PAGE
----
How to create a business plan for a franchise?

Author: rob@frantechmedia.com

Date: APR 3rd, 2008

Topic: Industry Experts

It’s every individuals dream to be successful, but very few ever get there….why you may ask? Well the answer is quite simple, lack planning. Even in a franchised business system, one needs a plan. Franchising may offer you all the ingredients you need to succeed however you still need to have a business plan. Creating this plan is like building the foundation of a house, only if the foundation is solid will the house be sturdy and stand the test of time. So it is very important to have a very good business plan. But how does one come up with a good business plan?

Below are some basic guidelines to help you in creating a good franchise business plan:

Step 1 - Now what?

You’ll first need to establish a Mission Statement. This is nothing more than simply stating where your company wants to go or become. Make sure your Mission Statement is tied to reality. This step will guide you in developing your business the right way

Here’s one that I like:

To change the world through technology -Apple, Inc..

Step 2 - The Business

Now you’ll need to define the business that you’re in. To do this, ask yourself: What basic needs am I fulfilling? and What role will my company play? Then you’ll need to analyze the industry that you’re in. Look at market size, penetration and market growth. Make sure you know who your competitors are and look at new technology that can give you an advantage. Don’t forget to look at the cost of doing business and what the potential for profits are.

Step 3 - Customers

A large part of your business plan should focus on determining who your customers are, discovering why your customers buy and how they make their choices. You’ll also need to figure out how you will deal with customers both good and bad as well as figuring out how you are going to attract them.

Step 4 - Competitors

Identify who your competitors are and classify them into categories like: direct competitors and indirect competitors. You’ll need to determine what they are capable of, assess their strategies and predict their moves. The more you learn about your competitors, the better off you’ll be when it comes to anticipating their next move. Remember, choose your battles wisely.

Step 5 - Where do I begin?

I would suggest you start with a SWOT analysis. SWOT is an acronym for Strengths, Weaknesses, Opportunities and Threats. You’ll need to identify what your strengths are (skills, resources, etc.) and what your weaknesses are (lack of skill, knowledge or resources). Opportunities are always around us. Look at how you can capitalize on some of them. You can’t ignore the fact that with every great opportunity comes, the possibility of an obstacle or threats. Make a list of all possible obstacles and threats and come up with scenarios showing how you will deal with them if and when they arise.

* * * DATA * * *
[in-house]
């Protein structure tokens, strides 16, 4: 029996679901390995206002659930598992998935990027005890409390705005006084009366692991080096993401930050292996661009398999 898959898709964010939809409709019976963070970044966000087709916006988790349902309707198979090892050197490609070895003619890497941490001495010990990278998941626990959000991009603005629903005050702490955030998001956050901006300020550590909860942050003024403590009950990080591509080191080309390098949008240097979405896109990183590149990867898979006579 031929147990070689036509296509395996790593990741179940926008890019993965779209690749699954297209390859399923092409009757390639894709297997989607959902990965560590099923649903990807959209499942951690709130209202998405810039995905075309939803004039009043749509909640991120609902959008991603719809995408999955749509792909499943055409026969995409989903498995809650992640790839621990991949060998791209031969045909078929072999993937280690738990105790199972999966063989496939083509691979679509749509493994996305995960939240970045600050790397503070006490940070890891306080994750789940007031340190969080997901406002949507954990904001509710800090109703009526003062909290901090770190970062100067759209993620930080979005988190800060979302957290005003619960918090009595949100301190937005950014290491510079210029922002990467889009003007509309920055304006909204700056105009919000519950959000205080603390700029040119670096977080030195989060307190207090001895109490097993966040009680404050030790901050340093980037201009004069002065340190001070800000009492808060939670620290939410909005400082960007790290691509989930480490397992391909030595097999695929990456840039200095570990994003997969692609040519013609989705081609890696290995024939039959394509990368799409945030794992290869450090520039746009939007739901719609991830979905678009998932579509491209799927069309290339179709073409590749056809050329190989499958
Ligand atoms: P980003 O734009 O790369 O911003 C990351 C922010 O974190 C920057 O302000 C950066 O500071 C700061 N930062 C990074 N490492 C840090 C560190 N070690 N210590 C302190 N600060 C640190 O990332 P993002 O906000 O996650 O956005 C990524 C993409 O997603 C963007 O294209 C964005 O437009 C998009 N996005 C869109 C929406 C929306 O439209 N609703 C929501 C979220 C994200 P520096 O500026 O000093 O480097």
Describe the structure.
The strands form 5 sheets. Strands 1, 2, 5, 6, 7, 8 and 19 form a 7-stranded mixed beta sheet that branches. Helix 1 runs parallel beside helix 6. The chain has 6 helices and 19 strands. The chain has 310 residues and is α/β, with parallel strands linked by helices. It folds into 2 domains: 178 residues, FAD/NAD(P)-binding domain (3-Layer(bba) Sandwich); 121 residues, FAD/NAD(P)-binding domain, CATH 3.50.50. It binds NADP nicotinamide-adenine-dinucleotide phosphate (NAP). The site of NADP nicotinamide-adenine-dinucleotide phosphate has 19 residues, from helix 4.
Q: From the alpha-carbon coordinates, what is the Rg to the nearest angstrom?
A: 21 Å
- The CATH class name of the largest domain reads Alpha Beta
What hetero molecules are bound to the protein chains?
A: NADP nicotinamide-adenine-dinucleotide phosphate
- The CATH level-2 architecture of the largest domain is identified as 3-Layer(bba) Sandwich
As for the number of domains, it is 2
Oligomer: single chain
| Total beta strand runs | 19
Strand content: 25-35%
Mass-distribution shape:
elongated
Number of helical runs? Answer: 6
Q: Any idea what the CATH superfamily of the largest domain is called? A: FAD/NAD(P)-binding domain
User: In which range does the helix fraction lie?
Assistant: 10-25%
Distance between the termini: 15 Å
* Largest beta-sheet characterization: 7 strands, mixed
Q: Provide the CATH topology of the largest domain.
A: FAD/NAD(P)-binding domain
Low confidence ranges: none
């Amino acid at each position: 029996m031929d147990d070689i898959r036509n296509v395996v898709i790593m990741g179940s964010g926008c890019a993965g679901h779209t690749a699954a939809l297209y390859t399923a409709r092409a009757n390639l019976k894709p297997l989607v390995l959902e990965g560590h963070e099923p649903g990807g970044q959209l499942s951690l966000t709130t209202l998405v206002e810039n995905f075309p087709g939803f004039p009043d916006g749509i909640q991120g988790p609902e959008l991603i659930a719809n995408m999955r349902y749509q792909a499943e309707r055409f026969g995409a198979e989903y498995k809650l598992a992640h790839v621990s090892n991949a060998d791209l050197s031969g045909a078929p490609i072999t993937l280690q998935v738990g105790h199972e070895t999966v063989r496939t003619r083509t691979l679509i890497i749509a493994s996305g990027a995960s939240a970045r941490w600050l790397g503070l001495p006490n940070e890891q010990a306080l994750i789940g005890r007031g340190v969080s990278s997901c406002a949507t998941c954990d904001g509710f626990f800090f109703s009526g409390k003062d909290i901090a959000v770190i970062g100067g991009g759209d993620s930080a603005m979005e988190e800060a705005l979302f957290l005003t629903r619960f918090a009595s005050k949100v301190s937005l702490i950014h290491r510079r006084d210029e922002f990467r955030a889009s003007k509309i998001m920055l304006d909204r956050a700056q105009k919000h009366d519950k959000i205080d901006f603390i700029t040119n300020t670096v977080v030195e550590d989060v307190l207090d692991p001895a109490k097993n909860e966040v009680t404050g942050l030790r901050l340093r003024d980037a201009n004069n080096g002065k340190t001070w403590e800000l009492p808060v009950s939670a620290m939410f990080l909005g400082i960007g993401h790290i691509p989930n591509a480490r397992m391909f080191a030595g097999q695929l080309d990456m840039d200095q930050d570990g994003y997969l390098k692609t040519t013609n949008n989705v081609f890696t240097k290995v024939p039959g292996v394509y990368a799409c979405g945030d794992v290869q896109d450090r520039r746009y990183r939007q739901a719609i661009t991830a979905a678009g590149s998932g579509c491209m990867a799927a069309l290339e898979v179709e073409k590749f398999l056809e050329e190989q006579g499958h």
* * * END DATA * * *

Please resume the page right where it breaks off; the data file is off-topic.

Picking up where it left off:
Step 6 - Money

Here you’ll have to not only determine how much money you will need you’ll also need to forecast for the future. You’ll also need to understand financial statements such as: Income Statement, Trial Balance, Cash Flow Statement, etc. For this part of your plan the best advice I can give is hire yourself a professional account that can guide you (and teach if necessary) through this process. You want to ensure you have enough to carry you through on those rainy days.

Step 7 - Prepare for change

They say life is defined by change. You can hold that same philosophy in business, rest assured things will change. Some out of your control (economic) and some well thought out (technology). You’ll need to try and anticipate change by forecasting trends and creating alternative scenarios. You’ll also need to address the possible effects of change.

Step 8 - Learn from others

Seek out advice from professionals such as lawyers, accountants and business consultants. I also encourage you to speak with owners of companies that you feel have becomes extremely successful. Don’t worry if you don’t have a personal relationship with them. Simply call them up and let them know that you want to learn from their success, I bet they’ll be more than happy to spend some time with you.

Check out your local bookstore or public library for books on how to write a business plan and even view samples.

Let me leave you with this:

“If you don’t take a risk, you may always find yourself working for someone who did”

Rob Lancit is President of CANAM Franchise Development Group, Inc.

CANAM is a boutique franchise consulting firm that has assisted numerous Canadians looking for quality franchises and can help you accelerate your search and find the ideal franchise that’s right for you.

Contact: Rob Lancit 1-866-730-5553 or rob@canamfranchise.com